CNN and NPR: China’s Economy, Too Hot or Too Cold?
Two interviews I did recently, one with CNN and the other with NPR, were broadcast yesterday. Both focused on China’s real estate market, within the context of the broader Chinese economy, and the reports themselves offer an interesting contrast in perspectives on what’s going on.
The NPR report, which you can read and listen to here, focuses on the recent “slowdown” in China’s economy (from just shy of 12% annualized GDP growth in the first quarter, to a little over 10% in the second quarter). In particular, it notes that some of China’s property developers are having trouble selling units, due to government efforts to “cool” the country’s red-hot real estate market. I note that, in many respects, a cool-down in actually welcome, given concerns about overheating and inflation.
The CNN report, which you can watch here, paints a different picture: housing prices remain quite high, and many Chinese savers are still stockpiling empty units as a store of value. In a part of the interview that didn’t air, they asked me whether I thought goverment “cooling” measure had defused the danger of a housing bubble. I said that the steps the government had taken had thrown the market into confusion — people are delaying decisions to buy or sell until they see which way the market is heading — but had not changed the underlying dynamics that cause people in China to channel so much money into real estate, particularly unproductive real estate.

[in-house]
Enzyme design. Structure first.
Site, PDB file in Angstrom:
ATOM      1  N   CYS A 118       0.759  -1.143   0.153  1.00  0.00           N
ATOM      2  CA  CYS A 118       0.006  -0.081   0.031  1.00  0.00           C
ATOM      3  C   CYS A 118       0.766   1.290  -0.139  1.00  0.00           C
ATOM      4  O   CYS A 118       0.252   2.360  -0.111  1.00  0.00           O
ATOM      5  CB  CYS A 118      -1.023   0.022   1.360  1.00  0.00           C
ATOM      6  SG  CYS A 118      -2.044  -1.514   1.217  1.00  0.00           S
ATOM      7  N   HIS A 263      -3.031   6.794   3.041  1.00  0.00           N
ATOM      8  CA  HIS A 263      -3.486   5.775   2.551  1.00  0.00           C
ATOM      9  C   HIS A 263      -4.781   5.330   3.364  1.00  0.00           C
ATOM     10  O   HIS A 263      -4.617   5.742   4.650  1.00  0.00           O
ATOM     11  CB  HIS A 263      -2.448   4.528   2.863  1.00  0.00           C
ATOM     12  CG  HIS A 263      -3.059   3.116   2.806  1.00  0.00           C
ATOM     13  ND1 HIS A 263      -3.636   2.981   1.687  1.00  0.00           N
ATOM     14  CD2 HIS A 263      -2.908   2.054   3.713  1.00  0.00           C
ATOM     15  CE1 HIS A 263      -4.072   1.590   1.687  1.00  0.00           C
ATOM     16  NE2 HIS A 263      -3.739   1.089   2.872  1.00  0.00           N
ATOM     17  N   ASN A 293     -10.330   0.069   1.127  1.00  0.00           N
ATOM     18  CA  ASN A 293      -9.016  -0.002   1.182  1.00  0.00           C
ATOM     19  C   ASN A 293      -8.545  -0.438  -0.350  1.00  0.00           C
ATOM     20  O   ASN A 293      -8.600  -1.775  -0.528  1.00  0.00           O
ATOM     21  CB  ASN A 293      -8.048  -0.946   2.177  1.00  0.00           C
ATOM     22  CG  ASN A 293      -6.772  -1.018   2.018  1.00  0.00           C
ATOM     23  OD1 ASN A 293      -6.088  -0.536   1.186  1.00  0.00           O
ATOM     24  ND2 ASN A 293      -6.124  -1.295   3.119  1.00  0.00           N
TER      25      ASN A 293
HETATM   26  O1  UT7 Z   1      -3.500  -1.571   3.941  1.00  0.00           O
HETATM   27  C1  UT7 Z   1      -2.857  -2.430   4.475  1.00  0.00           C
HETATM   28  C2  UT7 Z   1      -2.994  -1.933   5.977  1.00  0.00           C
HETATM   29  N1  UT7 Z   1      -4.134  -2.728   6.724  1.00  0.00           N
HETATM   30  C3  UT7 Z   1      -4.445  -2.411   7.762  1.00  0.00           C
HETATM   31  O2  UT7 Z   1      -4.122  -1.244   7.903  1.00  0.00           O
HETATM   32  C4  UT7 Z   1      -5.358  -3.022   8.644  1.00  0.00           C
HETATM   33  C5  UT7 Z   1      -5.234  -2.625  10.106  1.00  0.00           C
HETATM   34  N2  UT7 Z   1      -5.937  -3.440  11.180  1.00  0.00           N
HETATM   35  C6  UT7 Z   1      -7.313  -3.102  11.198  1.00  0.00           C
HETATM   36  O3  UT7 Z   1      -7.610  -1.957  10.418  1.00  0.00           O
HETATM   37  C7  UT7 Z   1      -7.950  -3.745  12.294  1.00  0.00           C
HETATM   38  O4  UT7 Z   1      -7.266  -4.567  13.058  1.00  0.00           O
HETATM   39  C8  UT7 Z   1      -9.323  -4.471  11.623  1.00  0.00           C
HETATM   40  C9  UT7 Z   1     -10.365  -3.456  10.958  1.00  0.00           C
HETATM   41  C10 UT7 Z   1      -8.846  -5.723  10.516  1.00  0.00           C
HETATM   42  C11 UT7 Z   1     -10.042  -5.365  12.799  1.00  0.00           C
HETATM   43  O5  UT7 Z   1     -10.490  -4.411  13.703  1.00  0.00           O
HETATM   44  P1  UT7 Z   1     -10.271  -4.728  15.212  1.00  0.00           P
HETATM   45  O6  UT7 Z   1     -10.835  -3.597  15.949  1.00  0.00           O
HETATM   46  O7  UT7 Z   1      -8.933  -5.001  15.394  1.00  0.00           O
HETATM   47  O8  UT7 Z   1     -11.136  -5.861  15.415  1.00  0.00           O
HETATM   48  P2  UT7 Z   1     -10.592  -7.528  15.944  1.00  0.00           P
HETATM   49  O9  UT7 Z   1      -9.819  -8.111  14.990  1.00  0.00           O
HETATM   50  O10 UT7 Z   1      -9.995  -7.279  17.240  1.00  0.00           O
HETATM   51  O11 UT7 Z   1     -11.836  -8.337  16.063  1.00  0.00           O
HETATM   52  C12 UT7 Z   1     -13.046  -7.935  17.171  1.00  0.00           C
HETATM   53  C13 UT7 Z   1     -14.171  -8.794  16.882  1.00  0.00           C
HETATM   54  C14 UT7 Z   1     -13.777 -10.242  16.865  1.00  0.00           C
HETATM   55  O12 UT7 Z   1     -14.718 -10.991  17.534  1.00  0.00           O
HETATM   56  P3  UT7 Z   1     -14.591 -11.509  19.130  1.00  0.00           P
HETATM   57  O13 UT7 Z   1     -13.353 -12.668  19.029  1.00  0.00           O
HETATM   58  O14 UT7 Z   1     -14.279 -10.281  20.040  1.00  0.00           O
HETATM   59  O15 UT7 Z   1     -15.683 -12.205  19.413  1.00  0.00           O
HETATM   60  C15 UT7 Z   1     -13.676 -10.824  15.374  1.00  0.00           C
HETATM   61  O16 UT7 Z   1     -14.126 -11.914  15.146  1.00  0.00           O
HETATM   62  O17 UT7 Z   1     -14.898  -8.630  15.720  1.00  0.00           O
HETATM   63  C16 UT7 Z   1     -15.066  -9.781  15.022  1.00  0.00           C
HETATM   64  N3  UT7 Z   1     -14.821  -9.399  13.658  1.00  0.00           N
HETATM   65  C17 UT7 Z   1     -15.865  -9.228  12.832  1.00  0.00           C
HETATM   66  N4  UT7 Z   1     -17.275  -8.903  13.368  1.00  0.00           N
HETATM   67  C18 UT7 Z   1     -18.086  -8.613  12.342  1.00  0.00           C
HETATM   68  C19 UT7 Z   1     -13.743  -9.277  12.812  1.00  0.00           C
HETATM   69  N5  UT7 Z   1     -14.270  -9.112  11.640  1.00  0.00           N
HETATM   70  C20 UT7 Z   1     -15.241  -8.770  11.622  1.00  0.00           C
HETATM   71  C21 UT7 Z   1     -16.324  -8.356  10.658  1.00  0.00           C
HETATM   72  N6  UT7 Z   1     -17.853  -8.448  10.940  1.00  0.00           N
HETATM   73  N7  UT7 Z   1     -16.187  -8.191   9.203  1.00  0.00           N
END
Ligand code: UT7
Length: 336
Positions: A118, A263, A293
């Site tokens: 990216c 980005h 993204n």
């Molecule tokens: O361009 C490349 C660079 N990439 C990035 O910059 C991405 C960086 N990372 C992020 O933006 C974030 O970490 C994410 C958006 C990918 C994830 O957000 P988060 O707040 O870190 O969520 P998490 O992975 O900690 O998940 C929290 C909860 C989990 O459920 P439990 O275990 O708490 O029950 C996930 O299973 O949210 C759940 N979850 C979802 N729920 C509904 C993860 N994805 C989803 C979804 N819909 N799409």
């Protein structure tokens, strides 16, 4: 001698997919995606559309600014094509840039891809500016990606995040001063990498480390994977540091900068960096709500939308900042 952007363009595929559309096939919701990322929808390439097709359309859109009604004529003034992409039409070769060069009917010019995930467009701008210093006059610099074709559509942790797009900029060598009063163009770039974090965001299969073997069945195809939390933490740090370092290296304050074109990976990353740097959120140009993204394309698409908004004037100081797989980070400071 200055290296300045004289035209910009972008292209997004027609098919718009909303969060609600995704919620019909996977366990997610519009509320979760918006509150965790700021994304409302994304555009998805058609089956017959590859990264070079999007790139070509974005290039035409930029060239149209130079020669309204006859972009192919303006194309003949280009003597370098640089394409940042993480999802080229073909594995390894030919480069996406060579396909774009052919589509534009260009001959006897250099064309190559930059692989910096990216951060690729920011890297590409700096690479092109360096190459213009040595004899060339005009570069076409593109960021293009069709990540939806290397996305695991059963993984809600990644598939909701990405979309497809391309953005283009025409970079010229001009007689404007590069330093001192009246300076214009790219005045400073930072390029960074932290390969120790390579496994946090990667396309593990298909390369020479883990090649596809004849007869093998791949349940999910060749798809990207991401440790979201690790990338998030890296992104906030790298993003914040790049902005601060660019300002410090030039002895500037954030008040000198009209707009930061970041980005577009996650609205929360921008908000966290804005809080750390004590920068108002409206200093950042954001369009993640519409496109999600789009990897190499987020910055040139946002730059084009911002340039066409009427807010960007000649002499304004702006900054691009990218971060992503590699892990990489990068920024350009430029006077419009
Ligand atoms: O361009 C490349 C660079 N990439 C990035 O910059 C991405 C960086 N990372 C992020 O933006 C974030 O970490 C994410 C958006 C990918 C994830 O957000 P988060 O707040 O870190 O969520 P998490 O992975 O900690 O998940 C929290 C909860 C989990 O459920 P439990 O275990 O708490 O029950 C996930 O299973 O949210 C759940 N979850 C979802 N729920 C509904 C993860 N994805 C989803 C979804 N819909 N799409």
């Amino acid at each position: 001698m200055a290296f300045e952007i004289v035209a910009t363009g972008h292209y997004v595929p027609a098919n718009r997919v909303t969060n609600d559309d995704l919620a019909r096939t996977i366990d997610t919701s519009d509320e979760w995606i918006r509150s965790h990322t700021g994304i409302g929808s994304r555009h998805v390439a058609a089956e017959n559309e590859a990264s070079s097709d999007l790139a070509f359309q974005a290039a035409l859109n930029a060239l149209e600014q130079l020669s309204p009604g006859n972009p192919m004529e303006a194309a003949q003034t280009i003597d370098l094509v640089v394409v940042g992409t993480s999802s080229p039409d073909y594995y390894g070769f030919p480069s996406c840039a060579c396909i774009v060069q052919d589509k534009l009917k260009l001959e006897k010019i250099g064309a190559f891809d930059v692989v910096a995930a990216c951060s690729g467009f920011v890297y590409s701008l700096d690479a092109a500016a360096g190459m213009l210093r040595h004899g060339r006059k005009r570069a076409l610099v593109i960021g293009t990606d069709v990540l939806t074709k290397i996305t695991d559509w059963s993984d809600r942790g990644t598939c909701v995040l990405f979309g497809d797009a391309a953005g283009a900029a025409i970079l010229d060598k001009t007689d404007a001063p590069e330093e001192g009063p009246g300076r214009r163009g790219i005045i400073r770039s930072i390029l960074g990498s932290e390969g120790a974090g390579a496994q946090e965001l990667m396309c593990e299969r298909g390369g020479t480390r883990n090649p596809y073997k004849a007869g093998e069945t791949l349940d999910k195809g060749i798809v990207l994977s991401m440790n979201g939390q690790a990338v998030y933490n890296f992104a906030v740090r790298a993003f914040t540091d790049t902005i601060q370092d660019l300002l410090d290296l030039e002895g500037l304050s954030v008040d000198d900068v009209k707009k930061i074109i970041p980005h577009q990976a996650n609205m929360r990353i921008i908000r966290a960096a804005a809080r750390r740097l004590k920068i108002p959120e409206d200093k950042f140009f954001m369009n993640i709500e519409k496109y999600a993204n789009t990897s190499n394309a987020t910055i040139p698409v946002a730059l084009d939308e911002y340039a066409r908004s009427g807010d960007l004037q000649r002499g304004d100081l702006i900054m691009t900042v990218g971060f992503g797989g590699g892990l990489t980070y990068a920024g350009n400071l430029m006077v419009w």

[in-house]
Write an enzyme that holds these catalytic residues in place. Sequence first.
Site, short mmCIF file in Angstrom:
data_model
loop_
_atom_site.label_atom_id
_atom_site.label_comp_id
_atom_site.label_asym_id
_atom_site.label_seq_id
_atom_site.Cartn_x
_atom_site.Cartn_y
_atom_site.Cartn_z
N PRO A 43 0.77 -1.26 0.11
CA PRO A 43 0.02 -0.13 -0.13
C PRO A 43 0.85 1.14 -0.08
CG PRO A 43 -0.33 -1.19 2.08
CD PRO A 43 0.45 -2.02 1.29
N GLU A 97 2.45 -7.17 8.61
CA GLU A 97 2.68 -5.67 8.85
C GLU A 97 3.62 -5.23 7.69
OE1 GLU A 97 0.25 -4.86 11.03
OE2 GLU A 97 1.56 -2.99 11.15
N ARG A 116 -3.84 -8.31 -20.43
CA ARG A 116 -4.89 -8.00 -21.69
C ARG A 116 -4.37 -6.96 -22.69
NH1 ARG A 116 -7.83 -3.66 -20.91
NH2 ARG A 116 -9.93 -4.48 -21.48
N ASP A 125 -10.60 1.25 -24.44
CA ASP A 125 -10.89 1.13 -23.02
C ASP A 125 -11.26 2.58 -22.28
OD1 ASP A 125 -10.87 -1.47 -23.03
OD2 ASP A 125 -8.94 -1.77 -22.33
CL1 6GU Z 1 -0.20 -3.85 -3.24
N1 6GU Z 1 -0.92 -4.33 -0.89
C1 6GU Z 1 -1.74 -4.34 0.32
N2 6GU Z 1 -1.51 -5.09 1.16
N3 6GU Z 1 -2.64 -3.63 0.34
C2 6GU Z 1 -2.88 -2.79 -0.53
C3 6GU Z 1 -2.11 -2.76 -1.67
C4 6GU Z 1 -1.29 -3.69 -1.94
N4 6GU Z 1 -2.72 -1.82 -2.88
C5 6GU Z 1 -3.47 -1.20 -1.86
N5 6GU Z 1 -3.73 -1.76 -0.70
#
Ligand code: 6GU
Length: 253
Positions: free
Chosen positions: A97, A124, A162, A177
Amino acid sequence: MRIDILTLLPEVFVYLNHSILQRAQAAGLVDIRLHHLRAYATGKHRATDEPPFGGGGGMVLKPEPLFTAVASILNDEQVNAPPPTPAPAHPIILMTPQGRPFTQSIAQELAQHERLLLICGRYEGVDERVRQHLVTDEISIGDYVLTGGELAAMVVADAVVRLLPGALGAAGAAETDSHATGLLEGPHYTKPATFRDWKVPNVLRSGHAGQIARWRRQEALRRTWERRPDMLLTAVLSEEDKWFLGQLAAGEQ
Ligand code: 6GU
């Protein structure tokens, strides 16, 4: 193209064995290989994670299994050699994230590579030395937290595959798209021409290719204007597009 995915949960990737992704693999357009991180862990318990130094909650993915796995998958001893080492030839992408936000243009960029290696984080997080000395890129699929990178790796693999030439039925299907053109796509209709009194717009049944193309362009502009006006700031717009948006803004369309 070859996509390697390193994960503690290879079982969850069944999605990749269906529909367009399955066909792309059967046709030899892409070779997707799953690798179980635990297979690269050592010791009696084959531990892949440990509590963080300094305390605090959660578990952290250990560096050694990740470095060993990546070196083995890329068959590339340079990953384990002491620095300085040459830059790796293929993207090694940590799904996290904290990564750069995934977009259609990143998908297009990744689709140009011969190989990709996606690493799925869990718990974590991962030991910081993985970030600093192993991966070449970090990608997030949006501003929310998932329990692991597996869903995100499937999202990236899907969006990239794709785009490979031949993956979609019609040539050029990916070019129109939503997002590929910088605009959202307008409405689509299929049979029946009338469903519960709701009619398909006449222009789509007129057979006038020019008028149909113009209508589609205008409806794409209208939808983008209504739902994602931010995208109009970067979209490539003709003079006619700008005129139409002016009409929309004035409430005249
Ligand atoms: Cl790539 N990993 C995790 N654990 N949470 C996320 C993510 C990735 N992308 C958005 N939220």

So yes, developers are having trouble selling units — for the moment. But don’t expect that to last, even if the government does hold firm on its tougher policies. We’ve seen these kind of dips before. The troubling conditions in China’s real estate market aren’t just momentary speculative froth, but are based on deep-rooted distortions that have proven remarkably persistent. The big challenge China faces — to find a more sustainable growth path going forward — remains to be tackled.